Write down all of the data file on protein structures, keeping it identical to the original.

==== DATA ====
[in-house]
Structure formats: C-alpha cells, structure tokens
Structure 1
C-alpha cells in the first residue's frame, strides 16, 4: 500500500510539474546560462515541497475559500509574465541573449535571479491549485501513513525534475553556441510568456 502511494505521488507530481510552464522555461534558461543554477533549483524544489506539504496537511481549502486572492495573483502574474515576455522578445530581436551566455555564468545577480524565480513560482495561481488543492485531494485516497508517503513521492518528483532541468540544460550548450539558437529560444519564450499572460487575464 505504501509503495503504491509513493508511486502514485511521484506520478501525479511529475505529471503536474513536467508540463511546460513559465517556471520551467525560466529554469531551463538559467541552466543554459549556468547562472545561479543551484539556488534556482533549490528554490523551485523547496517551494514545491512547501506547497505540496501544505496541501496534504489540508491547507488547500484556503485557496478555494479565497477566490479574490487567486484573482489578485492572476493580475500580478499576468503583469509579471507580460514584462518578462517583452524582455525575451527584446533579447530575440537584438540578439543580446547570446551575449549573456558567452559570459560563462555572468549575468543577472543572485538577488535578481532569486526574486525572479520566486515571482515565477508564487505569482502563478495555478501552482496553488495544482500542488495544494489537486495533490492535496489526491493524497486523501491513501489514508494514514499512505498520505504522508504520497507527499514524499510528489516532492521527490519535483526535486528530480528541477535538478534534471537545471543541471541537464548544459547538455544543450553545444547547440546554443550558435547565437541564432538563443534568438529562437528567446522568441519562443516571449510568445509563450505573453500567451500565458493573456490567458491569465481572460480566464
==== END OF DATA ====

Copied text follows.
[in-house]
Structure formats: C-alpha cells, structure tokens
Structure 1
C-alpha cells in the first residue's frame, strides 16, 4: 500500500510539474546560462515541497475559500509574465541573449535571479491549485501513513525534475553556441510568456 502511494505521488507530481510552464522555461534558461543554477533549483524544489506539504496537511481549502486572492495573483502574474515576455522578445530581436551566455555564468545577480524565480513560482495561481488543492485531494485516497508517503513521492518528483532541468540544460550548450539558437529560444519564450499572460487575464 505504501509503495503504491509513493508511486502514485511521484506520478501525479511529475505529471503536474513536467508540463511546460513559465517556471520551467525560466529554469531551463538559467541552466543554459549556468547562472545561479543551484539556488534556482533549490528554490523551485523547496517551494514545491512547501506547497505540496501544505496541501496534504489540508491547507488547500484556503485557496478555494479565497477566490479574490487567486484573482489578485492572476493580475500580478499576468503583469509579471507580460514584462518578462517583452524582455525575451527584446533579447530575440537584438540578439543580446547570446551575449549573456558567452559570459560563462555572468549575468543577472543572485538577488535578481532569486526574486525572479520566486515571482515565477508564487505569482502563478495555478501552482496553488495544482500542488495544494489537486495533490492535496489526491493524497486523501491513501489514508494514514499512505498520505504522508504520497507527499514524499510528489516532492521527490519535483526535486528530480528541477535538478534534471537545471543541471541537464548544459547538455544543450553545444547547440546554443550558435547565437541564432538563443534568438529562437528567446522568441519562443516571449510568445509563450505573453500567451500565458493573456490567458491569465481572460480566464